FRONTPAGEAFRICA: The argument against that is that because of the dual citizenship issue those in Liberia, speaking from experiences fear that those from outside particularly America would come to get a government job, engage in corruption and flee, leaving the country at a loss with no way of recouping whatever was taken with no real guarantee that they would be prosecuted here.

CUMMINGS:  And that’s part of the criteria, that’s why we need to look in to make sure if and when that happens we can make sure we prosecute them and even make sure we detain them so that they cannot take flight and avoid prosecution.

FRONTPAGEAFRICA: Who do you fear the most of all the candidates in the upcoming presidential race?

CUMMINGS: All of my competitors I fear, each and every one of them. By the way I don’t view them as enemies, they are all patriotic Liberians, we are just offering the Liberian people different alternatives for the leadership of the country and so I have respect for all of my competitors. And I’m going to be focused on winning this election against all of them or any one of them. And I don’t believe I am afraid of any one versus the other. They all will compete fiercely  as I would to win the hearts and minds of the Liberian people.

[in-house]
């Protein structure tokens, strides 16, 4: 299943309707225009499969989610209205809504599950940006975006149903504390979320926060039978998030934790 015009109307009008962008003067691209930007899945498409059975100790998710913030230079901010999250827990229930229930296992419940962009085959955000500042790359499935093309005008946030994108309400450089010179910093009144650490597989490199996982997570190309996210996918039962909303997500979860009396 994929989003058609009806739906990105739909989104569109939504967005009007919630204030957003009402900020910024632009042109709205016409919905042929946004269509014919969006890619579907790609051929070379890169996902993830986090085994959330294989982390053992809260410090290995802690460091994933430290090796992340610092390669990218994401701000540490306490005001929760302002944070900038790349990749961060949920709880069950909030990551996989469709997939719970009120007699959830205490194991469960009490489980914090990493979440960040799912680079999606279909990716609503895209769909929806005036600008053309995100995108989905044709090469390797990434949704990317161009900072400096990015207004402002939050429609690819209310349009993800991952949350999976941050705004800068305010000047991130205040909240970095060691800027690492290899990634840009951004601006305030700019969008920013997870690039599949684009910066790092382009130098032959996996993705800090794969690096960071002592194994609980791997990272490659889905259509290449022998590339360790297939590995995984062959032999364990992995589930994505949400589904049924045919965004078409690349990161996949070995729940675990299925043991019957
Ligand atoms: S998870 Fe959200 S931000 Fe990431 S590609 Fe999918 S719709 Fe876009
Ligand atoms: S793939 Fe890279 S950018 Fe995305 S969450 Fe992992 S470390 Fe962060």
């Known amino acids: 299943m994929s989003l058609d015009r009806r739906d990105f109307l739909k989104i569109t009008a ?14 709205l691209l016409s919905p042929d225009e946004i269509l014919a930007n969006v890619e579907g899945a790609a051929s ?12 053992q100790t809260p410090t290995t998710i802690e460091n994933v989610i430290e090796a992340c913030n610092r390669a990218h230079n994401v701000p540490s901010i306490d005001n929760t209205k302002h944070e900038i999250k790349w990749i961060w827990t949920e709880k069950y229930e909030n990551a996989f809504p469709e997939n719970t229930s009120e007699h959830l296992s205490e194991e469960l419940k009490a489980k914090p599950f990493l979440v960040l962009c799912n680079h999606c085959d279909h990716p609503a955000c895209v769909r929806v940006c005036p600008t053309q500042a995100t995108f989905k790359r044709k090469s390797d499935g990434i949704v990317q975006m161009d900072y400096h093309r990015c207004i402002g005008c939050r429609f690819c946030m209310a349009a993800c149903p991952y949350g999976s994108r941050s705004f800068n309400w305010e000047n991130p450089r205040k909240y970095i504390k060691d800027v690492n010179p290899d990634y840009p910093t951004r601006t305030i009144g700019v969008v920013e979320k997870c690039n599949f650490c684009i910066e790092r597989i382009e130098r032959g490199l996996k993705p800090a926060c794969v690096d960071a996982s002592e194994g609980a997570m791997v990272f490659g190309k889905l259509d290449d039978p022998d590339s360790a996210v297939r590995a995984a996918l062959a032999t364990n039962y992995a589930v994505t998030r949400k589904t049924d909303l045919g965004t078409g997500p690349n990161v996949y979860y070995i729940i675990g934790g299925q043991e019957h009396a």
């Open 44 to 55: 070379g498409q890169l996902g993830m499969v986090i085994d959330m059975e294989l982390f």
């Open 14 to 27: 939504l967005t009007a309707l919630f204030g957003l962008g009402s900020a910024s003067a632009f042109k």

FRONTPAGEAFRICA: Last week the Senate debated this issue of reducing the number of political parties to four. It may not happen in this elections but in the wake of all the noise surrounding the proliferation of political parties, if you were approached to form part of a dream ticket with any of the other candidates, would you give it serious thoughts would you be open for a second spot?

CUMMINGS: I think there are a couple of ways to answer that question. It depends on the number of political parties. I think we’re a relatively new democracy and people want the right to express themselves and over time as democracy evolves. And I also think that as Liberia becomes more and more prosperous, and there will be hurdles and through that process we will have to build our democracy. So I am not that concerned about the proliferation of political parties. The natural course of events will shrink it. So I think that’s how that will evolve.